Italy: Police say victims of drive-by shootings in Macerata are all foreigners | Europe| News and current affairs from around the continent | DW | 03.02.2018
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Italy: Police say victims of drive-by shootings in Macerata are all foreigners

Police in Macerata have arrested a man they say went on an hours-long shooting spree targeting African immigrants. The shootings come amid high tensions after an immigrant was detained in connection with a brutal murder.

Italian police have detained a local man on suspicion of wounding six African migrants, one of them critically, during a shooting rampage Saturday.

The suspect is 28-year-old Luca Traini from the town of Macerata — a town with a population of 42,000 located about 200 kilometers (125 miles) northeast of Rome — where the shootings occurred.

Traini, who had no prior criminal record but had extreme right-wing sympathies, reportedly drove around Macerata firing on African immigrants. The gunman also fired shots at the Macerata offices of the ruling center-left Democratic Party, but no one was injured there.

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Racial motive suspected in Italy shooting

The six shooting victims included five men and one woman from Ghana, Mali and Nigeria, according to Italy's Agi news agency. 

Macerata resident Marcello Mancini told the Reuters news agency that the shooter "drove around in his car and when he saw any black people he shot them."

The two-hour shooting spree began at around 11 a.m. local time (10:00 UTC) and prompted the mayor to urge residents to stay indoors. The suspect was detained by police in the early afternoon.

Read more: Italy approves military mission to curb migration in Niger, North Africa

The newspaper, il Resto di Carlino, posted a video online of a man being arrested by armed Carabinieri officers in Macerata’s city center. He was arrested with an Italian flag draped over his shoulders after he fled his black Alfa Romeo on foot. Italian news reports said he made a fascist salute as he was arrested, but no salute was visible in a video of his capture.

On Saturday evening, Italian Interior Minister Marco Minniti told reporters in Macerata that Traini had been motivated by "racial hatred" and came from an extreme-right background "with clear reference to fascism and Nazism."

Northern League affiliations

Traini ran as a candidate for the anti-immigrant Northern League in a local election in the city of Corridonia last year, and lost. 

The party's leader, Matteo Salvini, scrambled to distance himself from the shooting but blamed mass immigration for the tensions. "I can't wait to get into government to restore security, social justice and serenity to Italy," he told reporters.

Italian Prime Minister Paolo Gentiloni, meanwhile, vowed that the government would come down heavily on anyone promoting violence.

"We will stop this risk. We will stop it immediately. We will stop it together," Gentiloni said. "Hatred and violence will not be able to divide us."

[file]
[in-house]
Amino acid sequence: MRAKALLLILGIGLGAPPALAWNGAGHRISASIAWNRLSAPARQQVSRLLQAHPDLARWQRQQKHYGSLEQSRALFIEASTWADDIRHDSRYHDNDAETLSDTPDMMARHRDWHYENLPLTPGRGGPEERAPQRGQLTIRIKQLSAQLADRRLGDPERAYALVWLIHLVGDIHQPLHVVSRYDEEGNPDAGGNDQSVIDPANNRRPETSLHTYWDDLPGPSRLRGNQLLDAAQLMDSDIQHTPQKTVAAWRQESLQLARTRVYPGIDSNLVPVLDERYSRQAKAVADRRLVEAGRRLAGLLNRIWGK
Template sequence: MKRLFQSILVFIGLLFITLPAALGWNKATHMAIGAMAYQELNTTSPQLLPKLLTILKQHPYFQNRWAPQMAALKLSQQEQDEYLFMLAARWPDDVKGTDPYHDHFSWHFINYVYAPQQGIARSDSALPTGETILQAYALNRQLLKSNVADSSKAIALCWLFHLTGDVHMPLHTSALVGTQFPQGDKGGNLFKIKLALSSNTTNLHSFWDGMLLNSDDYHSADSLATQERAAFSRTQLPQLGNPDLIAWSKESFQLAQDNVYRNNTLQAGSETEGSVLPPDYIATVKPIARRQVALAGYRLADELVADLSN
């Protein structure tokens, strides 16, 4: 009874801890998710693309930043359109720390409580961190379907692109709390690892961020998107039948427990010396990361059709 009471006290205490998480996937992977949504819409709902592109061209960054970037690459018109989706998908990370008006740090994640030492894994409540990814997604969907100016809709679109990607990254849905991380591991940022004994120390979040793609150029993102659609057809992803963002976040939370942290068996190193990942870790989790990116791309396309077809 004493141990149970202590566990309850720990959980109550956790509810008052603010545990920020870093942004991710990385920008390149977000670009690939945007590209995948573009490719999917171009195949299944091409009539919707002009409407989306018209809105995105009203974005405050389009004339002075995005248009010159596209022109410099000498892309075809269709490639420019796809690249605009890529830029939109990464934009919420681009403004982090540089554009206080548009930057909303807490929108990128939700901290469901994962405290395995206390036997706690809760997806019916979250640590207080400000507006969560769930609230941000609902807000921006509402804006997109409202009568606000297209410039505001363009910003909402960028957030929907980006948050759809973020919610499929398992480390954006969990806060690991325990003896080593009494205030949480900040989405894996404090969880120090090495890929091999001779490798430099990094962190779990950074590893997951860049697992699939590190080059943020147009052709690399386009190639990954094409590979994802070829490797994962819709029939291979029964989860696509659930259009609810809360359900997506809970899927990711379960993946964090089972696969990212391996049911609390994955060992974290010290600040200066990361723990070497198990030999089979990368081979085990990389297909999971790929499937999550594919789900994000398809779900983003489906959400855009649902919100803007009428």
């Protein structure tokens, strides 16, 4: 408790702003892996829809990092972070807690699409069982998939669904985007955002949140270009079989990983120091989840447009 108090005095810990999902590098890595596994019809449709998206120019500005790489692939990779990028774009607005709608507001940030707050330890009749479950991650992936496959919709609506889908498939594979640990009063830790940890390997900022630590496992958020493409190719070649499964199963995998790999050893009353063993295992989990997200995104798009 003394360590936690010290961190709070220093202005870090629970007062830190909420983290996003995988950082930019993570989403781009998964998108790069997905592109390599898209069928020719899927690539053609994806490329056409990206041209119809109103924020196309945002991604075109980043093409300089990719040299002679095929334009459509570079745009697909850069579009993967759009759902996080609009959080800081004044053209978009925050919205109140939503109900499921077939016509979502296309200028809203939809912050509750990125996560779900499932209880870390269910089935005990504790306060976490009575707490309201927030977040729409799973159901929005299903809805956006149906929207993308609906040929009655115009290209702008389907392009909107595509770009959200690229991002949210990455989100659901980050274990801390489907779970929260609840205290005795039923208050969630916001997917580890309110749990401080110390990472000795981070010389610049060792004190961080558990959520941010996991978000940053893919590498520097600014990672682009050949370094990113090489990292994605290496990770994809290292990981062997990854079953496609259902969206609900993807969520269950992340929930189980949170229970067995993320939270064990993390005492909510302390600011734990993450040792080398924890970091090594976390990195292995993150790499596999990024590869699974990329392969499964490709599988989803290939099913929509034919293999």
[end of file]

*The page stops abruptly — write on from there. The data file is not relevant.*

A brutal murder

The shooting comes amid high tensions along racial and ethnic lines in the town where days earlier police detained a 29-year-old Nigerian man identified as Innocent Oseghale. He is suspected of carrying out the gruesome murder of an 18-year-old Italian woman.

The mutilated remains of Pamela Mastropietro were found Wednesday in two suitcases, two days after she left a drug rehabilitation center.

Italian forensic police photograph the site where the shootings began.

Italian forensic police descended on the site where the shootings began

Mayor Romano Carancini acknowledged that the proximity of today's shootings to the recent murder suggests a link.

"They were all of color, this is obviously a grave fact. As was grave what happened to Pamela," he said. "The closeness of these two events makes you imagine that there is a connection."

Oseghale was denied asylum last year but remained in the country. He has refused to talk to police.

Investigators say witnesses saw Oseghale carrying the suitcases that were later discovered to contain the woman's remains. Police also found bloodstained clothes and knives in his possession.

Right-wing nationalists have seized on the bloody events in Macerata to ramp up their anti-foreigner, anti-immigrant rhetoric ahead of parliamentary elections slated for March 4.

A Glock handgun sits on the passenger seat of the shooting suspect's car.

A Glock handgun was found on the passenger seat of the suspect's car

Northern League chief Salvini slammed the center-left government for allowing migrants into the country, and blamed it for Mastropietro's death.

"What was this worm still doing in Italy?" Salvini wrote on Facebook. "The left has blood on its hands."

Salvini has pledged to deport 150,000 migrants during his first year in office, should his party win control of parliament and he take the prime minister's post. 

Read more: Italy deals blow to citizenship rights for migrants

Democratic Party leader Matteo Renzi called for calm. "The man who fired the gun, hitting six people of color, is a squalid, mad person. But the state is stronger than him," the former prime minister wrote on Facebook.

dm, bik/cmk (Reuters, AP, AFP, dpa)

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